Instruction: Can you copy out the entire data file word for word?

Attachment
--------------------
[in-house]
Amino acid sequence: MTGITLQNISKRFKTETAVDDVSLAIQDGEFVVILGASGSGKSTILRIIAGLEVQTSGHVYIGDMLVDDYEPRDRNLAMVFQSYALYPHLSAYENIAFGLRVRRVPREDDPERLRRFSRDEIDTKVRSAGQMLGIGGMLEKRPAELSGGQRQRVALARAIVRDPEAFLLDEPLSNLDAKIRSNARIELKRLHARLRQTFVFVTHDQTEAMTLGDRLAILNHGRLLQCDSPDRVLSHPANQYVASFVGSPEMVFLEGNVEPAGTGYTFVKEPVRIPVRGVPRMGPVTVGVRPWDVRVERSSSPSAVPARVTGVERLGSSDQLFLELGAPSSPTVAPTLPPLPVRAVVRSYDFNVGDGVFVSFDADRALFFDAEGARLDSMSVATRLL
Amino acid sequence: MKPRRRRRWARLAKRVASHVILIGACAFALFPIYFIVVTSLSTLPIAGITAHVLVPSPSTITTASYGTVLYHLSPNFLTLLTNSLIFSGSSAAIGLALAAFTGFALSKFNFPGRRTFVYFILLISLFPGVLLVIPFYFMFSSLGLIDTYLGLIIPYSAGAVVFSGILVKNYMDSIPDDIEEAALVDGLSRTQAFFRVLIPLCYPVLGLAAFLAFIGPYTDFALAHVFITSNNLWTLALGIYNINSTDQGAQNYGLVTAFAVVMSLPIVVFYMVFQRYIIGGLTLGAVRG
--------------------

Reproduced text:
[in-house]
Amino acid sequence: MTGITLQNISKRFKTETAVDDVSLAIQDGEFVVILGASGSGKSTILRIIAGLEVQTSGHVYIGDMLVDDYEPRDRNLAMVFQSYALYPHLSAYENIAFGLRVRRVPREDDPERLRRFSRDEIDTKVRSAGQMLGIGGMLEKRPAELSGGQRQRVALARAIVRDPEAFLLDEPLSNLDAKIRSNARIELKRLHARLRQTFVFVTHDQTEAMTLGDRLAILNHGRLLQCDSPDRVLSHPANQYVASFVGSPEMVFLEGNVEPAGTGYTFVKEPVRIPVRGVPRMGPVTVGVRPWDVRVERSSSPSAVPARVTGVERLGSSDQLFLELGAPSSPTVAPTLPPLPVRAVVRSYDFNVGDGVFVSFDADRALFFDAEGARLDSMSVATRLL
Amino acid sequence: MKPRRRRRWARLAKRVASHVILIGACAFALFPIYFIVVTSLSTLPIAGITAHVLVPSPSTITTASYGTVLYHLSPNFLTLLTNSLIFSGSSAAIGLALAAFTGFALSKFNFPGRRTFVYFILLISLFPGVLLVIPFYFMFSSLGLIDTYLGLIIPYSAGAVVFSGILVKNYMDSIPDDIEEAALVDGLSRTQAFFRVLIPLCYPVLGLAAFLAFIGPYTDFALAHVFITSNNLWTLALGIYNINSTDQGAQNYGLVTAFAVVMSLPIVVFYMVFQRYIIGGLTLGAVRG